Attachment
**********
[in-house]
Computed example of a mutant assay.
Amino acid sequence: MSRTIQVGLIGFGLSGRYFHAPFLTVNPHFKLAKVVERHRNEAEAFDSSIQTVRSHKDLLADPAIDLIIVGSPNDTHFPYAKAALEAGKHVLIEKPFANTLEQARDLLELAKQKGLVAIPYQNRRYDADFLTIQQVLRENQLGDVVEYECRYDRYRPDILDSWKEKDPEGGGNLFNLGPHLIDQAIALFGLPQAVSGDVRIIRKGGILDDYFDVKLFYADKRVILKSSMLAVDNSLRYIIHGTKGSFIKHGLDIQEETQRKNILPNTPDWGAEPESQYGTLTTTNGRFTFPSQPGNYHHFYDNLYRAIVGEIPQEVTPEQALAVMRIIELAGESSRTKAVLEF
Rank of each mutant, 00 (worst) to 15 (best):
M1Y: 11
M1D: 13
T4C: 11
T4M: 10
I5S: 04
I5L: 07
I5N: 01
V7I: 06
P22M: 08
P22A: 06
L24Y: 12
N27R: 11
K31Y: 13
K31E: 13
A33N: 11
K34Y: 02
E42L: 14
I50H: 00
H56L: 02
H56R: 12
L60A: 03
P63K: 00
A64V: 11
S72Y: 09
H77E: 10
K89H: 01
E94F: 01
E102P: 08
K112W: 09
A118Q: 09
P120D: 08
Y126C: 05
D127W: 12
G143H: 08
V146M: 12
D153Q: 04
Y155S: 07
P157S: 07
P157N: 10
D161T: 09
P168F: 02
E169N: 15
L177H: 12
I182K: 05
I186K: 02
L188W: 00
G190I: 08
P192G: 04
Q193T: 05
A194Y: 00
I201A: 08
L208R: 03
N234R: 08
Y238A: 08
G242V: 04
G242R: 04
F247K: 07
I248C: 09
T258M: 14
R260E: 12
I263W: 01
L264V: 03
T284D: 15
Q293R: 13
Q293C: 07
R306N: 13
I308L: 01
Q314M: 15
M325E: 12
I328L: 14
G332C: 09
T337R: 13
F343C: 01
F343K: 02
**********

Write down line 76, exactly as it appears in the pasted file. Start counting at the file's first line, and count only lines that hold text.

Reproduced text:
T337R: 13